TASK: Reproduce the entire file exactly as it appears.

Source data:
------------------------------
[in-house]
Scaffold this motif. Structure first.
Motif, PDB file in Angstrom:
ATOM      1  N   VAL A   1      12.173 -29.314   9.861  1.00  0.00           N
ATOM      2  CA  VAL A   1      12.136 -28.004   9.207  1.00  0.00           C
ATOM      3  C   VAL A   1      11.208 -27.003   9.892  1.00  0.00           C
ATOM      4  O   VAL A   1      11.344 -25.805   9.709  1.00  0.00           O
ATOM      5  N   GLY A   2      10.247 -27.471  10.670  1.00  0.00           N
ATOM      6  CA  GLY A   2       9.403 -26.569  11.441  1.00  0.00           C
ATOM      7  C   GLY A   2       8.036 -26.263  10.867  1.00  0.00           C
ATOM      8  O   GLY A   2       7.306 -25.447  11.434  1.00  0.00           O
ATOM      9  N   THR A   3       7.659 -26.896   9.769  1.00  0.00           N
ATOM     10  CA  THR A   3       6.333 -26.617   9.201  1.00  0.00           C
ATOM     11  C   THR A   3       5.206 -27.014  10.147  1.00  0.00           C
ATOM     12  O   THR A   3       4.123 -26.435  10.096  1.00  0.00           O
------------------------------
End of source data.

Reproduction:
[in-house]
Scaffold this motif. Structure first.
Motif, PDB file in Angstrom:
ATOM      1  N   VAL A   1      12.173 -29.314   9.861  1.00  0.00           N
ATOM      2  CA  VAL A   1      12.136 -28.004   9.207  1.00  0.00           C
ATOM      3  C   VAL A   1      11.208 -27.003   9.892  1.00  0.00           C
ATOM      4  O   VAL A   1      11.344 -25.805   9.709  1.00  0.00           O
ATOM      5  N   GLY A   2      10.247 -27.471  10.670  1.00  0.00           N
ATOM      6  CA  GLY A   2       9.403 -26.569  11.441  1.00  0.00           C
ATOM      7  C   GLY A   2       8.036 -26.263  10.867  1.00  0.00           C
ATOM      8  O   GLY A   2       7.306 -25.447  11.434  1.00  0.00           O
ATOM      9  N   THR A   3       7.659 -26.896   9.769  1.00  0.00           N
ATOM     10  CA  THR A   3       6.333 -26.617   9.201  1.00  0.00           C
ATOM     11  C   THR A   3       5.206 -27.014  10.147  1.00  0.00           C
ATOM     12  O   THR A   3       4.123 -26.435  10.096  1.00  0.00           O